Post-Liquefaction Free-Field Ground Settlement Case Histories

Franklin R. Olaya, Jonathan D. Bray

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Liquefaction-induced ground settlement is a complex process resulting from the combined effects of particle sedimentation and soil reconsolidation due to post-shaking dissipation of excess pore-water pressure. Current empirical models are based on a limited number of field case histories. Consequently, it is difficult to quantify uncertainty in the estimate of post-liquefaction settlement. A database of 205 well-documented ground settlement case histories has been created with the goal to support the development of improved liquefaction-induced ground settlement procedures. This study takes advantage of the numerous site investigations and ground motion recordings following the 2010-2011 Canterbury earthquake sequence and the 2013-2016 northern South Island New Zealand earthquakes. The general geotechnical characteristics of the sites are described, and the procedures used to process the CPT data and the models used to estimate ground motion intensity measures are summarized. The survey techniques employed to estimate liquefaction-induced ground settlement are discussed. The characteristics of a well-defined post-liquefaction ground settlement field case history is shared to illustrate the methodology employed in this study. The database is available as an electronic flatfile. Supporting information compiled in this study, such as electronic CPT data and detailed descriptions of the case histories, are also shared.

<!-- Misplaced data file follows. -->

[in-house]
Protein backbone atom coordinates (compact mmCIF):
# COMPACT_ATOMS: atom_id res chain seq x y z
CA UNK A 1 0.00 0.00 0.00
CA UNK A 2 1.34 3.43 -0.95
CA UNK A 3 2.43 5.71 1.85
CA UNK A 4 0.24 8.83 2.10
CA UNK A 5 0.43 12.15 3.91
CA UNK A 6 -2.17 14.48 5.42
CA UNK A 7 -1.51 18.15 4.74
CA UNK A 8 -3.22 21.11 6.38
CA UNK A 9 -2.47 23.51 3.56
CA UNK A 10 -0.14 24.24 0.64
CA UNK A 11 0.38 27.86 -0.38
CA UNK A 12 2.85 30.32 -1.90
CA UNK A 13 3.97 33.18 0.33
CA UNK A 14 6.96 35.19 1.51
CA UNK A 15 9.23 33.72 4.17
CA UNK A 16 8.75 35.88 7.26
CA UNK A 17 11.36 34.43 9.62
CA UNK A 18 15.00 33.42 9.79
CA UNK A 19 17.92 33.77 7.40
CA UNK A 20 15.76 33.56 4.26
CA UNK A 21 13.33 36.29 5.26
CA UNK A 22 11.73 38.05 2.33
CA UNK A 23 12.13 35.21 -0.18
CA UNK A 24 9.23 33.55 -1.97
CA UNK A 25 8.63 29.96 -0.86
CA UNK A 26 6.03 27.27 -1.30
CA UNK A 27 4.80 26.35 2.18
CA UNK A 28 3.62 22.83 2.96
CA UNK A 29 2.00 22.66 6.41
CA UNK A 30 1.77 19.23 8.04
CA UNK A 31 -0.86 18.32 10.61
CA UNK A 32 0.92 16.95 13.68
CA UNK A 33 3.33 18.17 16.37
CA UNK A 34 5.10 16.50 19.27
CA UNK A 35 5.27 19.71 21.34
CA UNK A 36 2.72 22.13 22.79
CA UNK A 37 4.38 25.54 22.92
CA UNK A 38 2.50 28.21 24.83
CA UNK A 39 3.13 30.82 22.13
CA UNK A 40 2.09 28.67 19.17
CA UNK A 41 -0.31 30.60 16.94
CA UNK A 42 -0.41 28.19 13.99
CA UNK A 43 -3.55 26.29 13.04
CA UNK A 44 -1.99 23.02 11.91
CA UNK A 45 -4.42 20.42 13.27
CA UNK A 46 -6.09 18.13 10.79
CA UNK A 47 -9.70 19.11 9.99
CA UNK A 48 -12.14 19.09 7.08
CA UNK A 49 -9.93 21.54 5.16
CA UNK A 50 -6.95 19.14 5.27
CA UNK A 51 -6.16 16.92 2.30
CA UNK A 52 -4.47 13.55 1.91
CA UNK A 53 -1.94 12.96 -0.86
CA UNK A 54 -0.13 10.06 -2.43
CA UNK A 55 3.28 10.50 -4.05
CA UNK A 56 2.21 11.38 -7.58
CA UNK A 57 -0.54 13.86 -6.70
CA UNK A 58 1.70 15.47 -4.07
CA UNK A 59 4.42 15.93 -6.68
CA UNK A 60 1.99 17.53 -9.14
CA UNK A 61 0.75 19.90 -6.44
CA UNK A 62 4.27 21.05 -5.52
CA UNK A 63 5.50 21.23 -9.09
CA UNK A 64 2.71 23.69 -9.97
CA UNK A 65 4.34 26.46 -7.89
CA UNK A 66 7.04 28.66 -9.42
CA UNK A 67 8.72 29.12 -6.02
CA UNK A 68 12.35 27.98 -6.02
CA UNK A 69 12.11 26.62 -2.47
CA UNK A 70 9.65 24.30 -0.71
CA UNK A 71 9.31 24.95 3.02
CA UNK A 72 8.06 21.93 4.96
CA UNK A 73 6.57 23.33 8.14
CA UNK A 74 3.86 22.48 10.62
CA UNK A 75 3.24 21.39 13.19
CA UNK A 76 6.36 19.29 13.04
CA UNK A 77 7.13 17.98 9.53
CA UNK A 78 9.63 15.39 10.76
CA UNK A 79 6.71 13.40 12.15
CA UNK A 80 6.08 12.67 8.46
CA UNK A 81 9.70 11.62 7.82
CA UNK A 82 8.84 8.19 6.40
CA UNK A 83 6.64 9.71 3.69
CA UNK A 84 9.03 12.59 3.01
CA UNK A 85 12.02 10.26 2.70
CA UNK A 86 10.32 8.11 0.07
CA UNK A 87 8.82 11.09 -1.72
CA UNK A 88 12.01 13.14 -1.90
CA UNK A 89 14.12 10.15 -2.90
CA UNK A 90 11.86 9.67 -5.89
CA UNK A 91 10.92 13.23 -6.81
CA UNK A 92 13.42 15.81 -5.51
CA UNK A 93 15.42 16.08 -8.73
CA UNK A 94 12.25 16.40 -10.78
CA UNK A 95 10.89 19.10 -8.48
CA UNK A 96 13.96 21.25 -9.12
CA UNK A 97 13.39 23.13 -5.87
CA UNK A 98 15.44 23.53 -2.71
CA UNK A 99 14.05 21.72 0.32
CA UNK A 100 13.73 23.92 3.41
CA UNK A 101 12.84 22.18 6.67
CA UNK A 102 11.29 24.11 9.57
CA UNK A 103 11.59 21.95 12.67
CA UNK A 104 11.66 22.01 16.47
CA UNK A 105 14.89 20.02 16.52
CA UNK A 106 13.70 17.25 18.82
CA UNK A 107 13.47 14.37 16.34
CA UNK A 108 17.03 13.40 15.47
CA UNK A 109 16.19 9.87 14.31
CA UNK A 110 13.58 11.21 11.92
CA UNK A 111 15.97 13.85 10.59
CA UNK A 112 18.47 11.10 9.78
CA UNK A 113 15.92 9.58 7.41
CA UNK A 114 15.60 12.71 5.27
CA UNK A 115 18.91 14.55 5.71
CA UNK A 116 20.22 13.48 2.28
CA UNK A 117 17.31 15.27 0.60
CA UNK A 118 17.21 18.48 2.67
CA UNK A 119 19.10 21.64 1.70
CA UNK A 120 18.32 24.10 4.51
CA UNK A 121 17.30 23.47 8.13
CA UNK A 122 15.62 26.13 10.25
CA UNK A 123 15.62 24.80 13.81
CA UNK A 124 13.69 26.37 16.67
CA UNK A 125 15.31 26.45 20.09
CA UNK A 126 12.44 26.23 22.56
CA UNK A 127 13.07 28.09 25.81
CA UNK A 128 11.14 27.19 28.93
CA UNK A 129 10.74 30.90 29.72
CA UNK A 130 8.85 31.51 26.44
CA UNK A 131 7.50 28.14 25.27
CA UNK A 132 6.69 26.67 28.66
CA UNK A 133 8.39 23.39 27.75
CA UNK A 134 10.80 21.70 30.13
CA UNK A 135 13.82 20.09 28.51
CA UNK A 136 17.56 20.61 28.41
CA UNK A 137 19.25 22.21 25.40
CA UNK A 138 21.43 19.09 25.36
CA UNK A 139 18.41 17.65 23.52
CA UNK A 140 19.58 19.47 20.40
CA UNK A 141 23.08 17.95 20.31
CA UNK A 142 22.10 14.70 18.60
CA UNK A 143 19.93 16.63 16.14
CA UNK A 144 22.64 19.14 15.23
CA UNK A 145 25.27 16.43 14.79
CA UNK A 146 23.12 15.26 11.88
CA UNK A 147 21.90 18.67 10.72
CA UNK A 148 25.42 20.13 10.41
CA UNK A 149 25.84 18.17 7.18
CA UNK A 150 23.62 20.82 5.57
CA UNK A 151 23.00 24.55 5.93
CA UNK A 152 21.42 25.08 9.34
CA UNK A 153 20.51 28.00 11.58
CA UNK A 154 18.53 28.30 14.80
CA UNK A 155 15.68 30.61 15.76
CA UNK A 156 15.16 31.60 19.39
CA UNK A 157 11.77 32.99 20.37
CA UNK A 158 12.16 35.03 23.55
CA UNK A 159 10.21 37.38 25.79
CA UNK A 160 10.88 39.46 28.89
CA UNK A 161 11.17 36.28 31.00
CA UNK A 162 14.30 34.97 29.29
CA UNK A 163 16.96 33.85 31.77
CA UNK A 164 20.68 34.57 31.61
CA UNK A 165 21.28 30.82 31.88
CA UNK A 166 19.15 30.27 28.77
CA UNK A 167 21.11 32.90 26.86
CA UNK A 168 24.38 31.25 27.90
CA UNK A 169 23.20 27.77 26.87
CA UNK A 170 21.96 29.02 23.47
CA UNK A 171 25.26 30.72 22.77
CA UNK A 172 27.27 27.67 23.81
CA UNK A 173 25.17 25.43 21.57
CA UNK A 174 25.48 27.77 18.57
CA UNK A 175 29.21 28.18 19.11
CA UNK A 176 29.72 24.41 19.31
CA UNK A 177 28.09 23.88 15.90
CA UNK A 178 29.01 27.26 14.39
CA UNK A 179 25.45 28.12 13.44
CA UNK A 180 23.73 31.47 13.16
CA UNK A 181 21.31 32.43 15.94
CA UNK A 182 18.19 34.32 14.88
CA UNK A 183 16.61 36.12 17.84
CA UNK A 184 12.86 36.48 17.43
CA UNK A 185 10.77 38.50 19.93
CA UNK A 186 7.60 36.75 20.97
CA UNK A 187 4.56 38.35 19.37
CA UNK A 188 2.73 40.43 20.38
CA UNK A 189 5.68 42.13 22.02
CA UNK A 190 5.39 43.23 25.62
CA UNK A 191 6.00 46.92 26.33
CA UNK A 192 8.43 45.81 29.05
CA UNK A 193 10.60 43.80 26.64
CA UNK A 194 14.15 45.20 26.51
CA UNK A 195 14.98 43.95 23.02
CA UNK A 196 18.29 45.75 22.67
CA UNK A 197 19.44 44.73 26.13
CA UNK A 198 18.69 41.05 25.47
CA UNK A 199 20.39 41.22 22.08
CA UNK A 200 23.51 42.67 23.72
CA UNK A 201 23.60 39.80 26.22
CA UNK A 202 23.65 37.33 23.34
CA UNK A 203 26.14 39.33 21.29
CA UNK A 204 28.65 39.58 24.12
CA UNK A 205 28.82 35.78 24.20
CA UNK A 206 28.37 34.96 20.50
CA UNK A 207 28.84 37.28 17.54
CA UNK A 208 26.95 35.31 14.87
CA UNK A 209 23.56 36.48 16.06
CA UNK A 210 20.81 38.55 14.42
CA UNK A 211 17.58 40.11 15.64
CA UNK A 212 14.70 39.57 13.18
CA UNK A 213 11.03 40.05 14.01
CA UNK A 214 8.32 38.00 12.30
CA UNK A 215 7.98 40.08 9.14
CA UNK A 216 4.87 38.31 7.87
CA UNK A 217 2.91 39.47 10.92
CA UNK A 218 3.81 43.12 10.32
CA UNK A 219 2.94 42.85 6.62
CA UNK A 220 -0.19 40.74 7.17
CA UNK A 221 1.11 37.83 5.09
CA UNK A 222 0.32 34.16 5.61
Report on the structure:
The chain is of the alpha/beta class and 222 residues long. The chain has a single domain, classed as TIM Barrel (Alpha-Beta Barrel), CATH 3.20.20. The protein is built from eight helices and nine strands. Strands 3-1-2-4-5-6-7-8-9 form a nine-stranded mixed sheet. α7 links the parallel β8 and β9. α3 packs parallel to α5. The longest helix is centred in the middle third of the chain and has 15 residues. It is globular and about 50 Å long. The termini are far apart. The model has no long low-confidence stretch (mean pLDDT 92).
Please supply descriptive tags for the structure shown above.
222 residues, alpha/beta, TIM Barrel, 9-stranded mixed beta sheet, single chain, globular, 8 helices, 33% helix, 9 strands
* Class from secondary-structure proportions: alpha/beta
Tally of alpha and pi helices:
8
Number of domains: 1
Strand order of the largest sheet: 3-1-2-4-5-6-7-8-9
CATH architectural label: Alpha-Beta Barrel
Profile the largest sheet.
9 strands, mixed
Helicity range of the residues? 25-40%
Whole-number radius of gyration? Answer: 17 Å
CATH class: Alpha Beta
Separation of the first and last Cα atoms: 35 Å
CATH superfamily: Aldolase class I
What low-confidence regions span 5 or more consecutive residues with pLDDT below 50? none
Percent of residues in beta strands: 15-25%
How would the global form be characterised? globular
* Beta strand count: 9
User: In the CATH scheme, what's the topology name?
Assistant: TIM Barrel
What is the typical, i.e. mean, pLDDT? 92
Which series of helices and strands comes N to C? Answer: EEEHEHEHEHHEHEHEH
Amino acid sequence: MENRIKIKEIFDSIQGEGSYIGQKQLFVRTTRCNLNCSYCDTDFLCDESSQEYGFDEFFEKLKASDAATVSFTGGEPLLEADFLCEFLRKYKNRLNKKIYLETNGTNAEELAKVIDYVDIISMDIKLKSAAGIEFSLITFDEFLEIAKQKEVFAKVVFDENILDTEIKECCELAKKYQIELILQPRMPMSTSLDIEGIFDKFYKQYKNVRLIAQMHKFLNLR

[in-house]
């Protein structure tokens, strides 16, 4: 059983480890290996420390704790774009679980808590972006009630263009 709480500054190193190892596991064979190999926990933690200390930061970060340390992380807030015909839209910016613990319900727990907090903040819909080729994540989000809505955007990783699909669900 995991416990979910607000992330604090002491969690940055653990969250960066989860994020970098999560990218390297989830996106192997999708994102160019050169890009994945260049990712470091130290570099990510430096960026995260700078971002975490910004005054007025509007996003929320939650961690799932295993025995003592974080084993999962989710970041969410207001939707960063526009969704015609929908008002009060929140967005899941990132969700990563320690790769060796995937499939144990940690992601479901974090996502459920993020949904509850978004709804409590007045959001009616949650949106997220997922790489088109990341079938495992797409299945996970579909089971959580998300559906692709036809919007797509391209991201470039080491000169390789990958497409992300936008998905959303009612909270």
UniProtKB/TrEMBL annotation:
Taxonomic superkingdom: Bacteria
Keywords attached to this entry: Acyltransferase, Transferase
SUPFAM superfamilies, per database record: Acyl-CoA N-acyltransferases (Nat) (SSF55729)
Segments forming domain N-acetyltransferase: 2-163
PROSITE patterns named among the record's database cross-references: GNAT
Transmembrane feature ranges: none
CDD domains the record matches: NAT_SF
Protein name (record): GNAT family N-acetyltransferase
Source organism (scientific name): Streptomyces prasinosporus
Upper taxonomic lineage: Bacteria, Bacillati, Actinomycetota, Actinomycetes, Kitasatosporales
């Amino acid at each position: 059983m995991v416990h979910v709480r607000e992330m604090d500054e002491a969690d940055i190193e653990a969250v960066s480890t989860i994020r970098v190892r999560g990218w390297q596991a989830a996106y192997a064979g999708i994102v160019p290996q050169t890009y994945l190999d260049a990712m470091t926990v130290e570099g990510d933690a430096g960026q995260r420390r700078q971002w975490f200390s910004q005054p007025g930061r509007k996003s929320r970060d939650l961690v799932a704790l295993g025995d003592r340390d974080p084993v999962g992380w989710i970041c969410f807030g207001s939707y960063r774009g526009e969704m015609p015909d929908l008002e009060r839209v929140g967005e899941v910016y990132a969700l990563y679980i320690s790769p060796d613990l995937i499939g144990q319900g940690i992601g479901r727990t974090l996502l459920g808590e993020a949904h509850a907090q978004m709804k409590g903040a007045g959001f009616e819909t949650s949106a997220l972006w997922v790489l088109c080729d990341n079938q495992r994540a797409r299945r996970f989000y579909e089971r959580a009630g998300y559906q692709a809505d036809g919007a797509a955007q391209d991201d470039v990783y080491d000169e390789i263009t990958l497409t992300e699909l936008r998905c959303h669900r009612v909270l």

case histories, CPT, free-field site, liquefaction, settlement


Olaya, F. R., Bray, J. D. (2023). Post-Liquefaction Free-Field Ground Settlement Case Histories, Vol. 7, Issue 3, p.18-33. doi: 10.4417/IJGCH-07-03-02


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